If we start thinking in terms of what happened through the stages of evolution, when mammals evolved they required lots of nurturing. When they were born, they were not able to take care of themselves. Unlike reptiles that hatch and scamper off to the water, mammals need to be suckled. So with this physiological evolution, there also evolved social cueing—facial expressivity, crying, vocalizations, sucking movements; all these types of behaviors of the neural regulation of the face provide poignant cues and are part of the mammal’s repertoire for behavioral and state regulation.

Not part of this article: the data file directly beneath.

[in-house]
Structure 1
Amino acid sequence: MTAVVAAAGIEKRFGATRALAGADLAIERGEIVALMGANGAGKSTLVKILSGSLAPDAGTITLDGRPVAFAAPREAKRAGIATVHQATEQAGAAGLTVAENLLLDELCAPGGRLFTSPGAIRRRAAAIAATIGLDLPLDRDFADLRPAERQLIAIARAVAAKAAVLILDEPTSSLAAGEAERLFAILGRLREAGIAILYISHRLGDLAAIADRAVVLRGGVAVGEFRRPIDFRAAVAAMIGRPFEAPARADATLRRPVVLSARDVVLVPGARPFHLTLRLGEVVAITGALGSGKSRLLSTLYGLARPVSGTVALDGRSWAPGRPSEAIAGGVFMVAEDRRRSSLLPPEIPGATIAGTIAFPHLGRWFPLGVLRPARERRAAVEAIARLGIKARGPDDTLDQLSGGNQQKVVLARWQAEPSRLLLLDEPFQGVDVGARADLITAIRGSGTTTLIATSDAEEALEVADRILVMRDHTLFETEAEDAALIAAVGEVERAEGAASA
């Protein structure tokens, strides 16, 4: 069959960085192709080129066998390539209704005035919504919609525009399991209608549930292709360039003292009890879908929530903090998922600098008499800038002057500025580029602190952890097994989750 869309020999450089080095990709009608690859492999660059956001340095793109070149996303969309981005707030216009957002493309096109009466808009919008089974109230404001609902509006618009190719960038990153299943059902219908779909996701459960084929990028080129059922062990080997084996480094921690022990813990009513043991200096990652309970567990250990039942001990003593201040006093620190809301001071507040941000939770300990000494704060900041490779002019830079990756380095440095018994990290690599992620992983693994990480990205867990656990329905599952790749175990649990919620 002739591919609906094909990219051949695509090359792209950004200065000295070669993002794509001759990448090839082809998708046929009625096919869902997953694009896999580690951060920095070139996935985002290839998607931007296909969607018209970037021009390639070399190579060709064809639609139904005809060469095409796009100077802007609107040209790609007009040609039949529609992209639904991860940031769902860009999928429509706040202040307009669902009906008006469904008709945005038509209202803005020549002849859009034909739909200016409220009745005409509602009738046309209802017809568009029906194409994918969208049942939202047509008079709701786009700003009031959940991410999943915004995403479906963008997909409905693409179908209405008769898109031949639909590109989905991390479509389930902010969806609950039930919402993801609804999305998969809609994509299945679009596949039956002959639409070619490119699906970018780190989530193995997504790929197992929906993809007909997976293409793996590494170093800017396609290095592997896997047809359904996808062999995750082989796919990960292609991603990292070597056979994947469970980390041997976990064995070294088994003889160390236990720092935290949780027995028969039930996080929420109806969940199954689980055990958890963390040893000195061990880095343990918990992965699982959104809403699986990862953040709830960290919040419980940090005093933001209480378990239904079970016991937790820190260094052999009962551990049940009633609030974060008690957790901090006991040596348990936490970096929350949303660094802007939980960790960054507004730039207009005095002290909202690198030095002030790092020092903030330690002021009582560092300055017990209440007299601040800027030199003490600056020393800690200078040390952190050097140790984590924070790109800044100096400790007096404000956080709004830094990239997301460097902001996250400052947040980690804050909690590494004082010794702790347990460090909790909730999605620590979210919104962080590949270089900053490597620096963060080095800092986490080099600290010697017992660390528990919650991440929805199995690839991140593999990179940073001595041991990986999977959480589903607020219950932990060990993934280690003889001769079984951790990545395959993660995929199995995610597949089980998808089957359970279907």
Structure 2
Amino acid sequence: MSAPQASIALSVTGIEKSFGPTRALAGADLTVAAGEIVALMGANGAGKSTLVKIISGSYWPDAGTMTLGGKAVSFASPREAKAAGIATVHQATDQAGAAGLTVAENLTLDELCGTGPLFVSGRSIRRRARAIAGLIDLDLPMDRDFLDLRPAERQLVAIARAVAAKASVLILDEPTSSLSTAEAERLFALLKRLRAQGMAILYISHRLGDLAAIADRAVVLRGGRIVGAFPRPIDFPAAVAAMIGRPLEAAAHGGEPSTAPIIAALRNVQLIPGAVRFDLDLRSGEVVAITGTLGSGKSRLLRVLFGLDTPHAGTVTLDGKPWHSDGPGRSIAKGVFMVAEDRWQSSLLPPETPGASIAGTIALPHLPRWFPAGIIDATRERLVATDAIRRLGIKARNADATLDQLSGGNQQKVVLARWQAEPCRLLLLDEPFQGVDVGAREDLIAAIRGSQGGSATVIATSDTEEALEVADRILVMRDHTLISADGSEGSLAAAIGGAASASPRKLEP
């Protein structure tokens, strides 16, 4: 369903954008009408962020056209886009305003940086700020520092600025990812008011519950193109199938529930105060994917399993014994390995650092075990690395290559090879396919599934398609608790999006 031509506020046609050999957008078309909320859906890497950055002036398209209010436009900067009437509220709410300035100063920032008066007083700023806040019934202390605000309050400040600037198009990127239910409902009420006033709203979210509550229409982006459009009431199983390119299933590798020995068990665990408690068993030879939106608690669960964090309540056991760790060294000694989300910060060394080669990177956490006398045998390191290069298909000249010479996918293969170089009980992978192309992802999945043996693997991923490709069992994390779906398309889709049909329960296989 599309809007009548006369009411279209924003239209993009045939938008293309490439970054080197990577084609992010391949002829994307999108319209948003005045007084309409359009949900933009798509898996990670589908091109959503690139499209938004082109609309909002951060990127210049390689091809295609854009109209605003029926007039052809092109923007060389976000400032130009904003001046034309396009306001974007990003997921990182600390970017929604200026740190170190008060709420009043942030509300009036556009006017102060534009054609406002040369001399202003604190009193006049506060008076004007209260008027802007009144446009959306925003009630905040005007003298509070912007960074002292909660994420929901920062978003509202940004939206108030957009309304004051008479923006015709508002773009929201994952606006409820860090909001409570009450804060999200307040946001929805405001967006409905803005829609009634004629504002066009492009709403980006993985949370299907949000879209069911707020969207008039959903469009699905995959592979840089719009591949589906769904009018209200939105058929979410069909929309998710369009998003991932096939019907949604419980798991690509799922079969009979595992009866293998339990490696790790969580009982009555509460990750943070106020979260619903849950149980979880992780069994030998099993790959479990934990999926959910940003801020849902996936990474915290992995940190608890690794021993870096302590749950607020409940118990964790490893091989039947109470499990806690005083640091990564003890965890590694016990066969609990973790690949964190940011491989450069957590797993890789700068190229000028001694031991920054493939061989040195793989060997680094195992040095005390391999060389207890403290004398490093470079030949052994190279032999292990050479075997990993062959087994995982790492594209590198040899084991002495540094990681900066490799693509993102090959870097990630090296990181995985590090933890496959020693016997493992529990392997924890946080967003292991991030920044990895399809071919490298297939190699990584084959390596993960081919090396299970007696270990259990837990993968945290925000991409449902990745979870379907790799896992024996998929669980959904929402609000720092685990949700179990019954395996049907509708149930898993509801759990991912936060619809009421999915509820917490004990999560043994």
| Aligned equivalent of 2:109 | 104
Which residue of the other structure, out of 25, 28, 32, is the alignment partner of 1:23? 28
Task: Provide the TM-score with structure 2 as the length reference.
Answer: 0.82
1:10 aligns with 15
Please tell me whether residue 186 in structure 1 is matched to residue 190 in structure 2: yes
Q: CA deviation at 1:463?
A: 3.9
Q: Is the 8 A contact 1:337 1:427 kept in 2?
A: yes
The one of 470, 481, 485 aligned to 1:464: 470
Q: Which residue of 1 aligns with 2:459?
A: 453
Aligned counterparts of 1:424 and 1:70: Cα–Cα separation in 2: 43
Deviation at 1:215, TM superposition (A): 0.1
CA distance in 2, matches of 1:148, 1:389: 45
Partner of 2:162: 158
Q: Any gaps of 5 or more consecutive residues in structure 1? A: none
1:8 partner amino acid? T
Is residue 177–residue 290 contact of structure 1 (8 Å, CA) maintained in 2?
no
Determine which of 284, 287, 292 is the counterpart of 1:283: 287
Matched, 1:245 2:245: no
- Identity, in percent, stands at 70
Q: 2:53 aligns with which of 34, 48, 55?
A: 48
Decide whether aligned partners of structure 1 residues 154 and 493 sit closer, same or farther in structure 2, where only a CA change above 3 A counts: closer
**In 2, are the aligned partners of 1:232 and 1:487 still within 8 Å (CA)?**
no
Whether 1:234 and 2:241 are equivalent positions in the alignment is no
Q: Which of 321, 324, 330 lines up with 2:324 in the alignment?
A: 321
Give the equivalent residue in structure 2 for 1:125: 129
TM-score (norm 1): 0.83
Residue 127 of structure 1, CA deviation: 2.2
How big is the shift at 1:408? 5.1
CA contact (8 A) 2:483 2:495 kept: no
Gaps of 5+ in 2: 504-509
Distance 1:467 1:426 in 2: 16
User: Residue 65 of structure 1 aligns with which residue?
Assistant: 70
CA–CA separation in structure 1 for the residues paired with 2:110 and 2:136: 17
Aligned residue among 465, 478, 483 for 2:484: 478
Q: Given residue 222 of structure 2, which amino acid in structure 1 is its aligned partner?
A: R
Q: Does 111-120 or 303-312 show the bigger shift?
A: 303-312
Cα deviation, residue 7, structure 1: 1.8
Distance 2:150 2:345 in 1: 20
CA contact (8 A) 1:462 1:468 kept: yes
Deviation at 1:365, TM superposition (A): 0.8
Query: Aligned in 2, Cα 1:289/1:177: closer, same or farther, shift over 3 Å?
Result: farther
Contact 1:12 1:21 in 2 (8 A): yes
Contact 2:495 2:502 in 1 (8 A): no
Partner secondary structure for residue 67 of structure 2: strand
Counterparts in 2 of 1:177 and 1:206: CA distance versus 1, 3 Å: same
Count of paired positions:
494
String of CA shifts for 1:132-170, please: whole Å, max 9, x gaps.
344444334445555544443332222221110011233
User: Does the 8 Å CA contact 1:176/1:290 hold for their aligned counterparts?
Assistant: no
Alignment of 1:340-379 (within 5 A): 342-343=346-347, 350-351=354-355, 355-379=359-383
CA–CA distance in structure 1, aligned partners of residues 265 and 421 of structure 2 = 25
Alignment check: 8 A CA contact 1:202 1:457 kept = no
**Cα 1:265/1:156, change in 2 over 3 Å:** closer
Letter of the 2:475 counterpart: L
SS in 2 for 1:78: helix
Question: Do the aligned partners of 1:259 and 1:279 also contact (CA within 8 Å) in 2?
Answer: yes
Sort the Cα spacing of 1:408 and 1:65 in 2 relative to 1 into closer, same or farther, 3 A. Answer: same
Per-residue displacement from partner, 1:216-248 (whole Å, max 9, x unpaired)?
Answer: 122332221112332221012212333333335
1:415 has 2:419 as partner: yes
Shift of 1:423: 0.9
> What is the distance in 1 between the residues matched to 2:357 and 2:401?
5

We still use the same “cueing” communication system to test social interactions. The neural regulation of the facial muscles provides a way to reduce psychological distance before we deal with the inherent risk of moving physically closer. This social engagement system enables people to touch each other. We don’t just walk up and touch someone; there’s a whole interaction between the face, vocalizations, other bodily cues, to see if we feel safe with each other. Then we can touch. Thus, social engagement behaviors precede the development of social bonds. Social engagement behaviors provide an option to test interactions in “psychological space” with very low risk, prior to the test in “physical” proximity. Polyvagal theory shows that as reptiles evolved into mammals, the neural regulation of the heart and lungs changed. It came to be regulated by an area of the brain that also controlled the facial muscles. After that, emotional expressivity, ingestion of food, listening and social interactions were all related to how we regulated our bodies. Those components calmed us down. Thus, social behavior could be used to calm people down and to support health, growth and restoration.